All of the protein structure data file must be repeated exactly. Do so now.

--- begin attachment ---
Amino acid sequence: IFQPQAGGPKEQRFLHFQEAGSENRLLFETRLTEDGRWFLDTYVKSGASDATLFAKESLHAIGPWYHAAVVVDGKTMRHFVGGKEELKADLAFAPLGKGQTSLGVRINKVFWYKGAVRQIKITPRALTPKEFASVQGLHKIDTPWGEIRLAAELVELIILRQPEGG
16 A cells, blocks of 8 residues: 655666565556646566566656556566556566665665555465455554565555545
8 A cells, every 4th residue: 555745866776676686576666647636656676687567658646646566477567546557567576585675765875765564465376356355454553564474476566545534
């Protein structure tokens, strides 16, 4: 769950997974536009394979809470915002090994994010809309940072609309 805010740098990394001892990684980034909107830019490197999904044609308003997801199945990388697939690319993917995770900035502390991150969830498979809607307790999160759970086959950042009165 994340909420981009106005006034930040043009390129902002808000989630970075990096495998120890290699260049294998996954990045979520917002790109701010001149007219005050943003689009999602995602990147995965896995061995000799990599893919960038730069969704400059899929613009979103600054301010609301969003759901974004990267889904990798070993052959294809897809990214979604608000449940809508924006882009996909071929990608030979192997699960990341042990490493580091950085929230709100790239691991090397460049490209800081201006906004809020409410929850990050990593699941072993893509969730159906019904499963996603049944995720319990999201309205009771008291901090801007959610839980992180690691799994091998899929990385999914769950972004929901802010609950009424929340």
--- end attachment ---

Amino acid sequence: IFQPQAGGPKEQRFLHFQEAGSENRLLFETRLTEDGRWFLDTYVKSGASDATLFAKESLHAIGPWYHAAVVVDGKTMRHFVGGKEELKADLAFAPLGKGQTSLGVRINKVFWYKGAVRQIKITPRALTPKEFASVQGLHKIDTPWGEIRLAAELVELIILRQPEGG
16 A cells, blocks of 8 residues: 655666565556646566566656556566556566665665555465455554565555545
8 A cells, every 4th residue: 555745866776676686576666647636656676687567658646646566477567546557567576585675765875765564465376356355454553564474476566545534
């Protein structure tokens, strides 16, 4: 769950997974536009394979809470915002090994994010809309940072609309 805010740098990394001892990684980034909107830019490197999904044609308003997801199945990388697939690319993917995770900035502390991150969830498979809607307790999160759970086959950042009165 994340909420981009106005006034930040043009390129902002808000989630970075990096495998120890290699260049294998996954990045979520917002790109701010001149007219005050943003689009999602995602990147995965896995061995000799990599893919960038730069969704400059899929613009979103600054301010609301969003759901974004990267889904990798070993052959294809897809990214979604608000449940809508924006882009996909071929990608030979192997699960990341042990490493580091950085929230709100790239691991090397460049490209800081201006906004809020409410929850990050990593699941072993893509969730159906019904499963996603049944995720319990999201309205009771008291901090801007959610839980992180690691799994091998899929990385999914769950972004929901802010609950009424929340």